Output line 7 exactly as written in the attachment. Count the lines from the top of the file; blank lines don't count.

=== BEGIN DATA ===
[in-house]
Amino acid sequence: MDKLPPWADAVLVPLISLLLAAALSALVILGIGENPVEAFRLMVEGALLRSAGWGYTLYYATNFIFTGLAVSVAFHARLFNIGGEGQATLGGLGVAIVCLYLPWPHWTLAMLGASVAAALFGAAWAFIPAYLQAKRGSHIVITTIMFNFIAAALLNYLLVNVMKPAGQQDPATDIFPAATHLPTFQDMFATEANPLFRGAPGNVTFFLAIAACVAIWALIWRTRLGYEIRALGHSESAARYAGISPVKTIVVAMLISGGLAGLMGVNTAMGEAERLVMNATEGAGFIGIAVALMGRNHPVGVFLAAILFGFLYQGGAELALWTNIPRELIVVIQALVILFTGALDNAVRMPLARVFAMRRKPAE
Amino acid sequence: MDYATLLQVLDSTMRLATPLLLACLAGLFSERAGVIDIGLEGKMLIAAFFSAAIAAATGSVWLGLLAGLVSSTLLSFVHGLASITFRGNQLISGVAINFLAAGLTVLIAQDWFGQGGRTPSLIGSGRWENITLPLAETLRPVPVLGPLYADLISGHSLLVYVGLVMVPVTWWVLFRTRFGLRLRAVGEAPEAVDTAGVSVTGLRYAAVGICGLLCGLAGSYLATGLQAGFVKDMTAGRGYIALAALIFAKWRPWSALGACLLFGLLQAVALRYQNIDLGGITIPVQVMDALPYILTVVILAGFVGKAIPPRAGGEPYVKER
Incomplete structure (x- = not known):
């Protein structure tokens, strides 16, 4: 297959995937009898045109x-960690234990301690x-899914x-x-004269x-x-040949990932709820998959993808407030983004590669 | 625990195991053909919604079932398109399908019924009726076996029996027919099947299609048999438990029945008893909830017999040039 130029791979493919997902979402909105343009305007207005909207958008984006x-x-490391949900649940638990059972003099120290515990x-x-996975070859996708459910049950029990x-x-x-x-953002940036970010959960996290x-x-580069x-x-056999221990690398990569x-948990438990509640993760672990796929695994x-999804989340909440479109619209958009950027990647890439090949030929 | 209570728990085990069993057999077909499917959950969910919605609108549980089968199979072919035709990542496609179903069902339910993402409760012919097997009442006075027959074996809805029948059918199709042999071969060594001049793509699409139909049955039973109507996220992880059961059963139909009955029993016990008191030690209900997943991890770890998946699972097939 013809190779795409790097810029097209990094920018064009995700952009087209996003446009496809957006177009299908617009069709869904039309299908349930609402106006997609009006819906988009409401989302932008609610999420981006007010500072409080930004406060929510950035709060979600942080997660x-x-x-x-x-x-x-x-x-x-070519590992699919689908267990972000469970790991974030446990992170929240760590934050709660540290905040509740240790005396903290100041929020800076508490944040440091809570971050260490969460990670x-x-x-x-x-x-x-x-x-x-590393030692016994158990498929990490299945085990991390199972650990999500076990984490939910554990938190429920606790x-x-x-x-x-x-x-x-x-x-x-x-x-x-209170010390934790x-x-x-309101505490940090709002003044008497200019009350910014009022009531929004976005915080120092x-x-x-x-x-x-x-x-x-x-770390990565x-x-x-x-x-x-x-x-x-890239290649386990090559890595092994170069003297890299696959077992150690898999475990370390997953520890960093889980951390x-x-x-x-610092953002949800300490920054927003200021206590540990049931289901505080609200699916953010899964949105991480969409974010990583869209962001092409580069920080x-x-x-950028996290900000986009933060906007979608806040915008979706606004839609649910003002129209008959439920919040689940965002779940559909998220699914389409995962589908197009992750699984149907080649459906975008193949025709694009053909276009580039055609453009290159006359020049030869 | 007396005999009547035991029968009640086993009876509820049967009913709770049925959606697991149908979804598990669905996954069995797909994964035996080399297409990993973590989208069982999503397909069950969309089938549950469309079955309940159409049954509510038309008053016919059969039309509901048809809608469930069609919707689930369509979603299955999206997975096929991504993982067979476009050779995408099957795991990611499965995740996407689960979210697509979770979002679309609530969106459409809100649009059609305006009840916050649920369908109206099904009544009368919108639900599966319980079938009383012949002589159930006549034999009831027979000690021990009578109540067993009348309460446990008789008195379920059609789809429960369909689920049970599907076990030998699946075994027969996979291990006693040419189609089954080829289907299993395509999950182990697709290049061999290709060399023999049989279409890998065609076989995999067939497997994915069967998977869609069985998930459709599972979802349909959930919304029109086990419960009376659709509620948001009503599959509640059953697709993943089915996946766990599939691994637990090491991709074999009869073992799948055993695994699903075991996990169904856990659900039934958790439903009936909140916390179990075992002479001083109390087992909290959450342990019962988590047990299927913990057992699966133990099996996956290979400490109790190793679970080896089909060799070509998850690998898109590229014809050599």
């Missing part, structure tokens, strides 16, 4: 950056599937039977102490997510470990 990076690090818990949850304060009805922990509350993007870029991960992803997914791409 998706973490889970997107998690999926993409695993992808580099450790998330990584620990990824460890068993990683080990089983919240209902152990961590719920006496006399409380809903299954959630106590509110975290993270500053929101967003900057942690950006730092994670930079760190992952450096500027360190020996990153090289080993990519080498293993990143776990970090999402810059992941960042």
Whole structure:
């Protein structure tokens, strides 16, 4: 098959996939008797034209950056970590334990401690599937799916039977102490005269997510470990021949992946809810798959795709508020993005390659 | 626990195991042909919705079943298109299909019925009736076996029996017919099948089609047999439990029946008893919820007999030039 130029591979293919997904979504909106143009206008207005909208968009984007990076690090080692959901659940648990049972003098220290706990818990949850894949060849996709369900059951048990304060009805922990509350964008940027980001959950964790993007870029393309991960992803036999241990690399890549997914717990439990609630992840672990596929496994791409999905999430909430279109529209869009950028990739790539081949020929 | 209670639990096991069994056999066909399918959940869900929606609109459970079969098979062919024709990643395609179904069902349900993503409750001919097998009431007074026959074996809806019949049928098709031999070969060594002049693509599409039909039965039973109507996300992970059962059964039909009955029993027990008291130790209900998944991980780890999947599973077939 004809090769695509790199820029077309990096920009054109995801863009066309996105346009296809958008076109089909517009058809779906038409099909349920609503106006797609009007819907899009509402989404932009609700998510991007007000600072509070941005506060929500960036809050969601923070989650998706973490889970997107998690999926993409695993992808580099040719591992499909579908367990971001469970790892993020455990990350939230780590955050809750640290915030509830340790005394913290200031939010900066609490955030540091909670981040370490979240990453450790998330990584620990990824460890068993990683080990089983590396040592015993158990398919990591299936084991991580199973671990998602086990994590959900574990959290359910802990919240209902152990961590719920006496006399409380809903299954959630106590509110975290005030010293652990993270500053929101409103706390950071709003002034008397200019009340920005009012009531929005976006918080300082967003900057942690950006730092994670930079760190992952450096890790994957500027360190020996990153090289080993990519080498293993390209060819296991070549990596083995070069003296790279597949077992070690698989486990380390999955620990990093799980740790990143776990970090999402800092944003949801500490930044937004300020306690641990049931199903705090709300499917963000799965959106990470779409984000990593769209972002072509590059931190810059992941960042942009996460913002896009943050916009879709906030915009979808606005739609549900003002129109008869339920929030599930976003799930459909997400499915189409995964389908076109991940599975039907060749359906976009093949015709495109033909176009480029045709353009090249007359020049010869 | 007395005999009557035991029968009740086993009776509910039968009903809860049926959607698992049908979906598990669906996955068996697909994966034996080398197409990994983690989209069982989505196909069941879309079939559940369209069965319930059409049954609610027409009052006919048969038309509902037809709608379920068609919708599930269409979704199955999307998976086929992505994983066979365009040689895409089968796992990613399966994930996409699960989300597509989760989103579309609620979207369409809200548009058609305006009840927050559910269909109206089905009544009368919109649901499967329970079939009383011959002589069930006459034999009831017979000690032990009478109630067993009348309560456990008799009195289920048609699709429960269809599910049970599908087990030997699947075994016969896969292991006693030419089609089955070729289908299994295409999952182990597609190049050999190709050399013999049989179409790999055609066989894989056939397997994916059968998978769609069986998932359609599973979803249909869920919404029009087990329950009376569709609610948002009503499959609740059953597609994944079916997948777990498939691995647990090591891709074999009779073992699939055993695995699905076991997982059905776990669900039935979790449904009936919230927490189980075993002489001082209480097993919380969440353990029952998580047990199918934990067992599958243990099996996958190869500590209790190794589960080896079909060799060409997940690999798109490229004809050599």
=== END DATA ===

Whole structure: